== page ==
I knew even before I got here that life in New York would be more stressful than in Pieve Santo Stefano, but I also know there is no other city that would offer so many opportunities. For an Italian that possibility is something incredible. For someone who likes to compete and win as I do, New York is the perfect place to be, a daily challenge.

Of course, no matter how long I live in this city, I will always be un ragazzo di campagna, a country kid, which is why I wanted to write Diary of a Tuscan Chef. Yes, there are already dozens if Italian cookbooks on the market. But, as far as I know, no one has written a cookbook for the American public that presents Tuscan food as it is- good, cimple and natural. The Tuscan table should be as easy to set in New York as it is in Garfagnana, or in Rome, Georgia, for that matter.

Remarkably, Ive seen books where they use tons of butter, which in Tuscany is only used in the mountains, and Ive seen books relying on exotic products. Maybe because they produce dishes that photograph better. This is not the Tuscan cooking I know.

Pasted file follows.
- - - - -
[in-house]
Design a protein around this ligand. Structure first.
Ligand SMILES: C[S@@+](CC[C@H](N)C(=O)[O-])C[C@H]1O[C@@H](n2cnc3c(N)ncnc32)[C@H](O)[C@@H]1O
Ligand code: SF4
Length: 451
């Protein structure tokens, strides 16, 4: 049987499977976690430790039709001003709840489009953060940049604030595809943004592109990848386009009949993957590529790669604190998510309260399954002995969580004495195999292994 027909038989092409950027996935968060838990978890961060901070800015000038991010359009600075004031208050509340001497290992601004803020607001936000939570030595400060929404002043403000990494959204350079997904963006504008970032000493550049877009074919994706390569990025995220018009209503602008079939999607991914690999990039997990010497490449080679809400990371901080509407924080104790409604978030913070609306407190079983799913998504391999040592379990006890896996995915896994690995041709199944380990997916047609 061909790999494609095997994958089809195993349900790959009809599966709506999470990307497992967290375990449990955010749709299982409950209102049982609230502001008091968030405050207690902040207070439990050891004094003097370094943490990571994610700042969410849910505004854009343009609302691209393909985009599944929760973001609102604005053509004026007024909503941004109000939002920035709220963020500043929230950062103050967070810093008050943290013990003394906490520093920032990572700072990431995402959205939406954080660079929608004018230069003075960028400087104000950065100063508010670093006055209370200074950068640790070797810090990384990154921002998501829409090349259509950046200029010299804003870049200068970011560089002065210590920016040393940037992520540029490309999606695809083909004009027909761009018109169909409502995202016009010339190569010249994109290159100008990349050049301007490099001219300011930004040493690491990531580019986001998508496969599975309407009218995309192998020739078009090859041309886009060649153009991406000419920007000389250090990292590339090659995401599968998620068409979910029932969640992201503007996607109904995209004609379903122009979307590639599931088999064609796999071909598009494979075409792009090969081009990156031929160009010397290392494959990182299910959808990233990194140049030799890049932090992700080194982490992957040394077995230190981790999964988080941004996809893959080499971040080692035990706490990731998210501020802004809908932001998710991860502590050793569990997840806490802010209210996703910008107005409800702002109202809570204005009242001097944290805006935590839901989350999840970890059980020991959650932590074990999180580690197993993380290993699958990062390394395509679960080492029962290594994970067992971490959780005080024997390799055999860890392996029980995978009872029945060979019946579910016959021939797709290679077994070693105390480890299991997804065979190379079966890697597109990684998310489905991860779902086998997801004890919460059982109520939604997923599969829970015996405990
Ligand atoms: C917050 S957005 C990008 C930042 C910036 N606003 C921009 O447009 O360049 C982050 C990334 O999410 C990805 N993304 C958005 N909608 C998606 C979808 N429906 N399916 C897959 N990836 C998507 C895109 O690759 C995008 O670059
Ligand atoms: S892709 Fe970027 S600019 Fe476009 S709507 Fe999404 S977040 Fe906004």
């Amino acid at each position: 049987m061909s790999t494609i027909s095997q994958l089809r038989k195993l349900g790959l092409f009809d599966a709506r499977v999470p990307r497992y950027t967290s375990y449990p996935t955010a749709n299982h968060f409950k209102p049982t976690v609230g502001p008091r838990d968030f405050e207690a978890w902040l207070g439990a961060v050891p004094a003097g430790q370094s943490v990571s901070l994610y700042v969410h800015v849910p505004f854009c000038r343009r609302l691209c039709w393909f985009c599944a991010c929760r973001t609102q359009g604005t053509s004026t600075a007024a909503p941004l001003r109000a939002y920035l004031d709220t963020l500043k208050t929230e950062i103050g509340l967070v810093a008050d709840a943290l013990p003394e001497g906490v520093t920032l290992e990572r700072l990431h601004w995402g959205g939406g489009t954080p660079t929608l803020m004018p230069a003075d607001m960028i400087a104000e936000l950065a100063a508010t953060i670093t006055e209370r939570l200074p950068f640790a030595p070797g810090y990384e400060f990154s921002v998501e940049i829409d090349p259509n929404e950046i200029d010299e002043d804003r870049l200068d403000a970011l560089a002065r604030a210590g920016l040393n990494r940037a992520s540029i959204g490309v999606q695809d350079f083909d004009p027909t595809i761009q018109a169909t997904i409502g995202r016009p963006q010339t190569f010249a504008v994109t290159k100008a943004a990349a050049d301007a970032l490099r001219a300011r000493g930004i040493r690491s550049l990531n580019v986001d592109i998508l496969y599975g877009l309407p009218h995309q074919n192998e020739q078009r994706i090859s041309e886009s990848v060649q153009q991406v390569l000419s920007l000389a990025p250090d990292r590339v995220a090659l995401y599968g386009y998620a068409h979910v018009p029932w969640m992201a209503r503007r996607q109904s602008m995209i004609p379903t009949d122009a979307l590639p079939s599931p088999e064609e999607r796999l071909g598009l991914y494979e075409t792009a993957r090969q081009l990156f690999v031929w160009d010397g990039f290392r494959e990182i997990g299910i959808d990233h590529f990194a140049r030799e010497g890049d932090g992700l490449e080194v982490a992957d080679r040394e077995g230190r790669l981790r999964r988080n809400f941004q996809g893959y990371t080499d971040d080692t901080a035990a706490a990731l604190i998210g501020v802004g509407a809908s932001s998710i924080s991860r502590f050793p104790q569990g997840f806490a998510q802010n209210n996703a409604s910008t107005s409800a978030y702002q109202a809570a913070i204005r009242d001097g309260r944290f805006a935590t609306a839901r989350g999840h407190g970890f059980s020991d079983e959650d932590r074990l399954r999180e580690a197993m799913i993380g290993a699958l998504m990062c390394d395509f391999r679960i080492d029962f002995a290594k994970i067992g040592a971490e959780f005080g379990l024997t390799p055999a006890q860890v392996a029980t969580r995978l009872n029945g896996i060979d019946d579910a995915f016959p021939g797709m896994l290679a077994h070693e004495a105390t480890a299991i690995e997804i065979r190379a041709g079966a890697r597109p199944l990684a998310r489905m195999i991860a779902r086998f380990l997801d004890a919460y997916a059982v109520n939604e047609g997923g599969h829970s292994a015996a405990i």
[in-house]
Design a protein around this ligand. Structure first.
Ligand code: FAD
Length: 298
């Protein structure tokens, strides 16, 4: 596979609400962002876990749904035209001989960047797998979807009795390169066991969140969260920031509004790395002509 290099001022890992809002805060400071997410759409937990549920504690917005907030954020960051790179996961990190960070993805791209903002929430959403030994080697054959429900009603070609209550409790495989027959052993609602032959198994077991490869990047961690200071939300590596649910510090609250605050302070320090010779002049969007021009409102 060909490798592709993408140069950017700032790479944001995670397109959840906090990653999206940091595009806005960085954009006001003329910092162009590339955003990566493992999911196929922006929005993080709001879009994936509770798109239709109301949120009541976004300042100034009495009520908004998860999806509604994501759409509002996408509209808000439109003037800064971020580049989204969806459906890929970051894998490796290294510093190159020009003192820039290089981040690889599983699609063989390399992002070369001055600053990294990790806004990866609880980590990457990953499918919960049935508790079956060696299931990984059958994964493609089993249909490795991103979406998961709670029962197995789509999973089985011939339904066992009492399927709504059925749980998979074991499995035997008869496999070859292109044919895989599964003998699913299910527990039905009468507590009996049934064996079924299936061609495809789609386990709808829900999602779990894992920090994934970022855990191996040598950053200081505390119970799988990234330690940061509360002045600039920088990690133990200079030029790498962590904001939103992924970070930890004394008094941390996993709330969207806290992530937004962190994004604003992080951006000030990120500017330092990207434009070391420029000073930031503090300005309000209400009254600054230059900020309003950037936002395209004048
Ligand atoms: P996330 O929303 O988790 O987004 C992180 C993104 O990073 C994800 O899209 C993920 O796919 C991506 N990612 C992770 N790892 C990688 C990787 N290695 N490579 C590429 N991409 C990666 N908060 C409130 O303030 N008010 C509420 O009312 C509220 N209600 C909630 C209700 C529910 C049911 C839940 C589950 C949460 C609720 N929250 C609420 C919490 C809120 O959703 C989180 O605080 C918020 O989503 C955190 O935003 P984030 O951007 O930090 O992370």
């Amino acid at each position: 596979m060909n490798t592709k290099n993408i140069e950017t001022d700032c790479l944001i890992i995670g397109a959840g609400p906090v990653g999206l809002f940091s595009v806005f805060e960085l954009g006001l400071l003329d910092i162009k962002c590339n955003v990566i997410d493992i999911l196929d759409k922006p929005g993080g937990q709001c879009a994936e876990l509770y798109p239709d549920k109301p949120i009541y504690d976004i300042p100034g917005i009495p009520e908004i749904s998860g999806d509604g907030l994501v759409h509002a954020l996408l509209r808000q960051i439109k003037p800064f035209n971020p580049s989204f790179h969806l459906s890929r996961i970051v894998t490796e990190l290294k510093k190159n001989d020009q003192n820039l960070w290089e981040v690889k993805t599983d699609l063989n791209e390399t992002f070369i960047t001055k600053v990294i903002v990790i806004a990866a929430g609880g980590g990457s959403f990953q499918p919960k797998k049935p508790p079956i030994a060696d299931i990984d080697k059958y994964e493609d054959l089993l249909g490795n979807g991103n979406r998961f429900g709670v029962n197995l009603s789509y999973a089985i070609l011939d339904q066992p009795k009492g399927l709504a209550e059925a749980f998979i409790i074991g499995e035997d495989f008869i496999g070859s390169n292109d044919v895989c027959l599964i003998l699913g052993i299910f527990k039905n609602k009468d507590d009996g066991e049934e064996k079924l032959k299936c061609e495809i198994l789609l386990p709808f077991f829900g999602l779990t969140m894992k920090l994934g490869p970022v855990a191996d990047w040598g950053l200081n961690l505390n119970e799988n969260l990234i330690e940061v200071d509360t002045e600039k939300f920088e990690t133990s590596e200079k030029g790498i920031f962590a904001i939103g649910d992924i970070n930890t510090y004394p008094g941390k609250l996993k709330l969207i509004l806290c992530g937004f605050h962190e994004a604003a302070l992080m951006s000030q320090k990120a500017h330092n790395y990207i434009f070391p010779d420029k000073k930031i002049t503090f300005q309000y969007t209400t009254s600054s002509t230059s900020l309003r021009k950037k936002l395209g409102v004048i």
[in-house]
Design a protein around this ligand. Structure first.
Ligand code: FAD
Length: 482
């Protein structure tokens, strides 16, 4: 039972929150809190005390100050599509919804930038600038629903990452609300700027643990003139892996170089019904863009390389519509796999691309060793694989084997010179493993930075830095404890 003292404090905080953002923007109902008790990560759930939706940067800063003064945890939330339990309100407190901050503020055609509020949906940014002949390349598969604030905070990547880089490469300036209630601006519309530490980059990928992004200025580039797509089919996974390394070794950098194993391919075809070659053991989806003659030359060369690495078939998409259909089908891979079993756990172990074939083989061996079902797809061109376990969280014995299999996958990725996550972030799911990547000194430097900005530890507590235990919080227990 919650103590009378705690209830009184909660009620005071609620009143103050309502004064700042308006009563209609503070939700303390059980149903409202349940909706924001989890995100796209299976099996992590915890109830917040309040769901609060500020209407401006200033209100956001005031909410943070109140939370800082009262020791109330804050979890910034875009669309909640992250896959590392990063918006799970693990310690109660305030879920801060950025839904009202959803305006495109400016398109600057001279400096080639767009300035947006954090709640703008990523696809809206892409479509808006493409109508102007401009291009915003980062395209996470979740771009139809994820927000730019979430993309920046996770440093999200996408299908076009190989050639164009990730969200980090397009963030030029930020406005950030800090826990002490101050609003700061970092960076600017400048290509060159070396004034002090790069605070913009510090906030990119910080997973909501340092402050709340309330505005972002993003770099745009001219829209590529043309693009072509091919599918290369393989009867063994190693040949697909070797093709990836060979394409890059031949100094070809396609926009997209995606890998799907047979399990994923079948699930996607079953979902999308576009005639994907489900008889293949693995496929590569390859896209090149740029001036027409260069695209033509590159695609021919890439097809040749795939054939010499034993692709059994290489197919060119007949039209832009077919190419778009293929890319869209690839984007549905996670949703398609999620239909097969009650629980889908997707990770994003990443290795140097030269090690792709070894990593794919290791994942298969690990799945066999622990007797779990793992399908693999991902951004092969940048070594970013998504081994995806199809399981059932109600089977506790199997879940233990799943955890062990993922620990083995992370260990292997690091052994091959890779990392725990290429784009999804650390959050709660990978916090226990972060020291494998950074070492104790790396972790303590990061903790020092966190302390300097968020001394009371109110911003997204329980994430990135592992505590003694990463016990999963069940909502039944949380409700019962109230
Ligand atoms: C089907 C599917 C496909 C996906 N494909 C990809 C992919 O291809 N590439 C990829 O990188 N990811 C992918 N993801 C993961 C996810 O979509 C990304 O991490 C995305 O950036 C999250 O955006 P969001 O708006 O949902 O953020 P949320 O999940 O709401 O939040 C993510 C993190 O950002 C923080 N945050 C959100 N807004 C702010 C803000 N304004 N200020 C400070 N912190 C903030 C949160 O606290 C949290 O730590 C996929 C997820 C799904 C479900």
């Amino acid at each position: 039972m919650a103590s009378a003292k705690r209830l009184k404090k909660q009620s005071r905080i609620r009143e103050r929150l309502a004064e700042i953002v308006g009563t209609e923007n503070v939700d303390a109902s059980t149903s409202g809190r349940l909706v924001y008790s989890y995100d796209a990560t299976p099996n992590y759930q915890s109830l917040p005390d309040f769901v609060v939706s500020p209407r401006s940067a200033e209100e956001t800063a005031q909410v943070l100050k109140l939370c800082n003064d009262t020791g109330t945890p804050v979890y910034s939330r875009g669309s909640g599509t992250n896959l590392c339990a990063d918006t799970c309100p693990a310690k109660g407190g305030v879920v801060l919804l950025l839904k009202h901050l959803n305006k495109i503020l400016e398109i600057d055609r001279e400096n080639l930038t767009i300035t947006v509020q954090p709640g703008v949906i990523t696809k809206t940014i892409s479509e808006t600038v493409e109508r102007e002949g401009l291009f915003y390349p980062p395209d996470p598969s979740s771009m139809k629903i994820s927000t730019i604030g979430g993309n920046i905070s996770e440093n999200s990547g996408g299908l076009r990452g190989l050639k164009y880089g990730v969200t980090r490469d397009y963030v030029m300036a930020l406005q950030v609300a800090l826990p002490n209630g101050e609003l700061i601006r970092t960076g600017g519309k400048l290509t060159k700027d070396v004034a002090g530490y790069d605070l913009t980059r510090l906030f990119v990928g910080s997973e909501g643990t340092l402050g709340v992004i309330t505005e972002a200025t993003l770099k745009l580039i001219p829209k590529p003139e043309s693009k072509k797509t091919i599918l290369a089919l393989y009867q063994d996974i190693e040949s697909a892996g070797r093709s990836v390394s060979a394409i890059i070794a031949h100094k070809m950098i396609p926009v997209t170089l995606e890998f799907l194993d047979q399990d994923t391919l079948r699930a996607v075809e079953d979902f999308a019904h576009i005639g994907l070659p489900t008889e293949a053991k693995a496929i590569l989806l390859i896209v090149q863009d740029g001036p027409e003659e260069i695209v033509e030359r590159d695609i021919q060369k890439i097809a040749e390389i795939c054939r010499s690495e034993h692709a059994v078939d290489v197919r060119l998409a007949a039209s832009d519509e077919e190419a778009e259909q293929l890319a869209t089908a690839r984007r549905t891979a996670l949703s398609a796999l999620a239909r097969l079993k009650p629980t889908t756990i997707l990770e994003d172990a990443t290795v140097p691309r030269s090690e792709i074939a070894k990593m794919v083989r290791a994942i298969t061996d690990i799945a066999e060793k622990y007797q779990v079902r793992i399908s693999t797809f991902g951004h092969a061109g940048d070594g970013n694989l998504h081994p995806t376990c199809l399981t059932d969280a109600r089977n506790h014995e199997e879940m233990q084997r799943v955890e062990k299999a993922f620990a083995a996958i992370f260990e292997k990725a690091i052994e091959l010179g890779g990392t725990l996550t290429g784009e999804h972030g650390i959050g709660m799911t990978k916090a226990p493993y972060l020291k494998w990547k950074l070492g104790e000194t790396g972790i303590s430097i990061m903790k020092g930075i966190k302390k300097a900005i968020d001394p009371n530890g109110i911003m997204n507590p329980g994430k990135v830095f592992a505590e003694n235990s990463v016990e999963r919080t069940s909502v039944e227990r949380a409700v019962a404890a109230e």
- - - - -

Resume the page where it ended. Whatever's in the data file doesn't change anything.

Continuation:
The way I learned to cook, the way my family ate as I was growing up, and the way I cook today, is Tuscan cooking. It is using what you have on hand- whether from the garden or cupboard- an important factor when the store is a long hour or more away. Tuscan cooking doesnt require a professionally equipped kitchen or a pantry stocked with every spice and condiment imaginable. Where I grew up, if you came home from work and all you had was canned tuna and spaghetti, that, with a few grinds of black pepper, good bread, and table wine, became dinner. You learned to be flexible and to experiment. If a recipe called for lemon thyme and all you had was mint, you went with it; if you wanted to flavor your seafood risotto with pancetta, you forged ahead.

Tuscan food has always been and still is a cuisine without rules. Some dishes, like a ragu, are more time-consuming than others, but almost everything is simple. You need only to know your ingredients and to improvise. I believe that most important tool for organizing a menu is the calendar, which is why Ive arranged this book along seasonal lines. Ive put together dozens of menus- both traditional and innovative- inspired by moments from my life, favorite meals, the vendemmia (grape harvest), and at the sbottaturra (when new wine is transferred from barrels into bottles).

Sometimes I digress and talk about Giacomo Puccini, a native of Lucca, as famous locally for his music as for his appetites, romantic and otherwise. Or I reminisce about my friend Lorenzo in Forte di Marmi, who makes the most incredible baby octopus salami or Romano, my friend in Viareggio, who makes the best prawns Ive ever had. These stories are part of who I am.